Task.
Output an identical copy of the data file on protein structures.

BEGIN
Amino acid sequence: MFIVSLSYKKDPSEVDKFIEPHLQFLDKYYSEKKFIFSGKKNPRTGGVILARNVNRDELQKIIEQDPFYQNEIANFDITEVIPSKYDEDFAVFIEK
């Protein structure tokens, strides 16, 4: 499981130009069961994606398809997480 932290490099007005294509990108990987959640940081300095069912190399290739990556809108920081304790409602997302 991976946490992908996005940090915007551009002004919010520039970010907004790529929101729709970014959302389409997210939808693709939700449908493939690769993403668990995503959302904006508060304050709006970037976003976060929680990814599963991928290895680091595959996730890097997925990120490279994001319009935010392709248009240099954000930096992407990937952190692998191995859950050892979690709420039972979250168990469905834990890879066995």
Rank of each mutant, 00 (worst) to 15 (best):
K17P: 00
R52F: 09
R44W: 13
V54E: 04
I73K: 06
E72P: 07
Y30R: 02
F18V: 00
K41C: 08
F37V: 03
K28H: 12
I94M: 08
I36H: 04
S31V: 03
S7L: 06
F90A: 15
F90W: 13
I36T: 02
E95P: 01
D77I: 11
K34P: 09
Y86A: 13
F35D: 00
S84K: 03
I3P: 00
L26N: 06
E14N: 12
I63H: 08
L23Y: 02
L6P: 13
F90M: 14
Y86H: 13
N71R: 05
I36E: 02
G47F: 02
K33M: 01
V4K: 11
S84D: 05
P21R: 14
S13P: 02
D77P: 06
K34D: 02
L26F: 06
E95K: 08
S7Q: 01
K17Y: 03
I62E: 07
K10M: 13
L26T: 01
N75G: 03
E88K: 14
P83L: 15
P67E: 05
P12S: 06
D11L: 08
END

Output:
Amino acid sequence: MFIVSLSYKKDPSEVDKFIEPHLQFLDKYYSEKKFIFSGKKNPRTGGVILARNVNRDELQKIIEQDPFYQNEIANFDITEVIPSKYDEDFAVFIEK
């Protein structure tokens, strides 16, 4: 499981130009069961994606398809997480 932290490099007005294509990108990987959640940081300095069912190399290739990556809108920081304790409602997302 991976946490992908996005940090915007551009002004919010520039970010907004790529929101729709970014959302389409997210939808693709939700449908493939690769993403668990995503959302904006508060304050709006970037976003976060929680990814599963991928290895680091595959996730890097997925990120490279994001319009935010392709248009240099954000930096992407990937952190692998191995859950050892979690709420039972979250168990469905834990890879066995």
Rank of each mutant, 00 (worst) to 15 (best):
K17P: 00
R52F: 09
R44W: 13
V54E: 04
I73K: 06
E72P: 07
Y30R: 02
F18V: 00
K41C: 08
F37V: 03
K28H: 12
I94M: 08
I36H: 04
S31V: 03
S7L: 06
F90A: 15
F90W: 13
I36T: 02
E95P: 01
D77I: 11
K34P: 09
Y86A: 13
F35D: 00
S84K: 03
I3P: 00
L26N: 06
E14N: 12
I63H: 08
L23Y: 02
L6P: 13
F90M: 14
Y86H: 13
N71R: 05
I36E: 02
G47F: 02
K33M: 01
V4K: 11
S84D: 05
P21R: 14
S13P: 02
D77P: 06
K34D: 02
L26F: 06
E95K: 08
S7Q: 01
K17Y: 03
I62E: 07
K10M: 13
L26T: 01
N75G: 03
E88K: 14
P83L: 15
P67E: 05
P12S: 06
D11L: 08